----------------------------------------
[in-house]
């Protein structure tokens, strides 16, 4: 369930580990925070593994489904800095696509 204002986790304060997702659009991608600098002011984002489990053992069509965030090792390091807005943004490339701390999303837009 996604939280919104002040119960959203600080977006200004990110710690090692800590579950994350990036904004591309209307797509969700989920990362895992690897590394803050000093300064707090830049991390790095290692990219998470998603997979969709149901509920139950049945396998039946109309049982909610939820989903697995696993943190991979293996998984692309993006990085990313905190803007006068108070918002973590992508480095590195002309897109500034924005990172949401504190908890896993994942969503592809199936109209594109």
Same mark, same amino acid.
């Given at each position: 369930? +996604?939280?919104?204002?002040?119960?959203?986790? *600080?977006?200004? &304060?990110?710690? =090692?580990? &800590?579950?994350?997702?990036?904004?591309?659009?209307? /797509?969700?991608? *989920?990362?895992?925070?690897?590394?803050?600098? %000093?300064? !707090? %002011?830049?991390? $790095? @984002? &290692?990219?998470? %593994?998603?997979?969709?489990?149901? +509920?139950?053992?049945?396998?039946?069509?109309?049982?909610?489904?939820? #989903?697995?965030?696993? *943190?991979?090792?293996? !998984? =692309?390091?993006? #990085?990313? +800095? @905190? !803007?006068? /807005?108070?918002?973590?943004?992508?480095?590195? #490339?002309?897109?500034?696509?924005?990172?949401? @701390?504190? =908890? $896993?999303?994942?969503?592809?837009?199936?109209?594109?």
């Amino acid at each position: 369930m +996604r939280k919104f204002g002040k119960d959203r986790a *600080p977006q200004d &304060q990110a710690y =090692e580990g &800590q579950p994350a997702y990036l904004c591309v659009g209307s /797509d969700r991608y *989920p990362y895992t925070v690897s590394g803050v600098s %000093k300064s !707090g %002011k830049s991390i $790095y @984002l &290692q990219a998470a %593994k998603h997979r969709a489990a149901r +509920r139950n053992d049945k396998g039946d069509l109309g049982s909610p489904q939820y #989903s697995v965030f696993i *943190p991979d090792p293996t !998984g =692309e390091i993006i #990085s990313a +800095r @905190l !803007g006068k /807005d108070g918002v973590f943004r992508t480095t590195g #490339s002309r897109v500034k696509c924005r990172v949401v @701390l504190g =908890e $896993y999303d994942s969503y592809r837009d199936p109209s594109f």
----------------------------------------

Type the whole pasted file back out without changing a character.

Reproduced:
[in-house]
């Protein structure tokens, strides 16, 4: 369930580990925070593994489904800095696509 204002986790304060997702659009991608600098002011984002489990053992069509965030090792390091807005943004490339701390999303837009 996604939280919104002040119960959203600080977006200004990110710690090692800590579950994350990036904004591309209307797509969700989920990362895992690897590394803050000093300064707090830049991390790095290692990219998470998603997979969709149901509920139950049945396998039946109309049982909610939820989903697995696993943190991979293996998984692309993006990085990313905190803007006068108070918002973590992508480095590195002309897109500034924005990172949401504190908890896993994942969503592809199936109209594109």
Same mark, same amino acid.
């Given at each position: 369930? +996604?939280?919104?204002?002040?119960?959203?986790? *600080?977006?200004? &304060?990110?710690? =090692?580990? &800590?579950?994350?997702?990036?904004?591309?659009?209307? /797509?969700?991608? *989920?990362?895992?925070?690897?590394?803050?600098? %000093?300064? !707090? %002011?830049?991390? $790095? @984002? &290692?990219?998470? %593994?998603?997979?969709?489990?149901? +509920?139950?053992?049945?396998?039946?069509?109309?049982?909610?489904?939820? #989903?697995?965030?696993? *943190?991979?090792?293996? !998984? =692309?390091?993006? #990085?990313? +800095? @905190? !803007?006068? /807005?108070?918002?973590?943004?992508?480095?590195? #490339?002309?897109?500034?696509?924005?990172?949401? @701390?504190? =908890? $896993?999303?994942?969503?592809?837009?199936?109209?594109?």
């Amino acid at each position: 369930m +996604r939280k919104f204002g002040k119960d959203r986790a *600080p977006q200004d &304060q990110a710690y =090692e580990g &800590q579950p994350a997702y990036l904004c591309v659009g209307s /797509d969700r991608y *989920p990362y895992t925070v690897s590394g803050v600098s %000093k300064s !707090g %002011k830049s991390i $790095y @984002l &290692q990219a998470a %593994k998603h997979r969709a489990a149901r +509920r139950n053992d049945k396998g039946d069509l109309g049982s909610p489904q939820y #989903s697995v965030f696993i *943190p991979d090792p293996t !998984g =692309e390091i993006i #990085s990313a +800095r @905190l !803007g006068k /807005d108070g918002v973590f943004r992508t480095t590195g #490339s002309r897109v500034k696509c924005r990172v949401v @701390l504190g =908890e $896993y999303d994942s969503y592809r837009d199936p109209s594109f």